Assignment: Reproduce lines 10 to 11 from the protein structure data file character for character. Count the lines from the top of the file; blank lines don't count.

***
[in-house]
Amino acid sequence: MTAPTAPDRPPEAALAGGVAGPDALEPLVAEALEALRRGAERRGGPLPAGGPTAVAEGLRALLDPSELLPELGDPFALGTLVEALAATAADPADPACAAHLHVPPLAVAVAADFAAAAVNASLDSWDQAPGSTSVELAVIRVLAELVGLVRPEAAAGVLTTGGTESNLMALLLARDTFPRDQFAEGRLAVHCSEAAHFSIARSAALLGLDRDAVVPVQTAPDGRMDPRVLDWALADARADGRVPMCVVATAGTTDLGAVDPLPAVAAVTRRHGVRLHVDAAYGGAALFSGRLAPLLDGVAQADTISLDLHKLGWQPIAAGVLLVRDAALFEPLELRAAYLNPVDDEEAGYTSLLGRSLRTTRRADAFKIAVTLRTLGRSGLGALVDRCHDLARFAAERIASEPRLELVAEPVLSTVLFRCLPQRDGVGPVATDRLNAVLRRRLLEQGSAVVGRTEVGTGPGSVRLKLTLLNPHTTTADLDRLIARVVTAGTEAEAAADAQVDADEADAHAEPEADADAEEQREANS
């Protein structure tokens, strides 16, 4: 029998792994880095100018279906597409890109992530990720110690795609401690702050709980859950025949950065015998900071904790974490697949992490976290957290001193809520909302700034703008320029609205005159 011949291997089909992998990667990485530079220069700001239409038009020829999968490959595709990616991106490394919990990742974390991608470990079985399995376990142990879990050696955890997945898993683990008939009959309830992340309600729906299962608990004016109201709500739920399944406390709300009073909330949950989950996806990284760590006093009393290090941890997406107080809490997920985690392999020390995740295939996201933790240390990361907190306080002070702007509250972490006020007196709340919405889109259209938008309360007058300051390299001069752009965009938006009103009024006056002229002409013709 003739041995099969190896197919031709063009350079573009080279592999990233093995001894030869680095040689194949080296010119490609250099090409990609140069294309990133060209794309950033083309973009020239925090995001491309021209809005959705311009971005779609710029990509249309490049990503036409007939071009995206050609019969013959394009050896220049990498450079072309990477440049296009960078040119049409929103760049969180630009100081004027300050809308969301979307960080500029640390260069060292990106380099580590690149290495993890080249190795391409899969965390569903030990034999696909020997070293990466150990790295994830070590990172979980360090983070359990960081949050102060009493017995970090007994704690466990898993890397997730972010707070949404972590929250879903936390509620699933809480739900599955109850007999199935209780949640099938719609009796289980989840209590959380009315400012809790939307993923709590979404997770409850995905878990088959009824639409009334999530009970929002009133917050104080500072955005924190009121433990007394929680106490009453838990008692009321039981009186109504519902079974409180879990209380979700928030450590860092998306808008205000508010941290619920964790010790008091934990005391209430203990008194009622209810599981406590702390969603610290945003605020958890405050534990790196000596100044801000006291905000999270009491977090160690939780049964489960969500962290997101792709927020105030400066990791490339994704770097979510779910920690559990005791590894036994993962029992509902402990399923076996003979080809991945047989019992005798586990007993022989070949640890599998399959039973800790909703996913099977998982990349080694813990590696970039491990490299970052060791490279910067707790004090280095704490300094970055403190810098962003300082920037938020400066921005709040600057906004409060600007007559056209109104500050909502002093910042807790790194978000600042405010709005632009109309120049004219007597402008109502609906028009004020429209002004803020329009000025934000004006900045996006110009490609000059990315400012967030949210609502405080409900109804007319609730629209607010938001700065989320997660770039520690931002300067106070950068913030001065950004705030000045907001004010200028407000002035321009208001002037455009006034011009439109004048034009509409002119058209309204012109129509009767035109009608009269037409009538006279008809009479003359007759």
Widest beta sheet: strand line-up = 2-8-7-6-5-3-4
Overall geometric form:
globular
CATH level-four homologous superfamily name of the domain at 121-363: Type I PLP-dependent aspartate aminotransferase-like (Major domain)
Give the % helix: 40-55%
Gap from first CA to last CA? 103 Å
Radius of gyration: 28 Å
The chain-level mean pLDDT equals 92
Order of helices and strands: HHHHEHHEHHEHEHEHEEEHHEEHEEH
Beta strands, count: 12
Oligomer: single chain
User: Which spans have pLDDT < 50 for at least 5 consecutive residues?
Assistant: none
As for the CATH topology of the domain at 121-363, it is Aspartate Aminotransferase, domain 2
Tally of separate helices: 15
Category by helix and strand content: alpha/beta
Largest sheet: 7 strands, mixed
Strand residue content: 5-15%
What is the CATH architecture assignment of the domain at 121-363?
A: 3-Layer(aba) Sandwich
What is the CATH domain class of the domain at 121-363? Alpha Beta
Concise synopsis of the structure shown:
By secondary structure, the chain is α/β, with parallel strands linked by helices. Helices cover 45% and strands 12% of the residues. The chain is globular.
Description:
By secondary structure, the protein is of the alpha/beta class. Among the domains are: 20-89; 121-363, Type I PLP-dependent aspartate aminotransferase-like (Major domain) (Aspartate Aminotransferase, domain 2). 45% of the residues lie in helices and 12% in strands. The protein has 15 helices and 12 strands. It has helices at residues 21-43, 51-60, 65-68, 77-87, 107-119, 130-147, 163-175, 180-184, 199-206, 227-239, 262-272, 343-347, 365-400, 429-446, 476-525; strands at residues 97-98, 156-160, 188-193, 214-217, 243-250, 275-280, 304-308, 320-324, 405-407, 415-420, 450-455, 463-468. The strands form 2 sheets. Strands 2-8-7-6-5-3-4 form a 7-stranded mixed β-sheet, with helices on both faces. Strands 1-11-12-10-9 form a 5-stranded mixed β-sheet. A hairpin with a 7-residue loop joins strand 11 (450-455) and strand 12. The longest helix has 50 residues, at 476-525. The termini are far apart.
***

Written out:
Radius of gyration: 28 Å
The chain-level mean pLDDT equals 92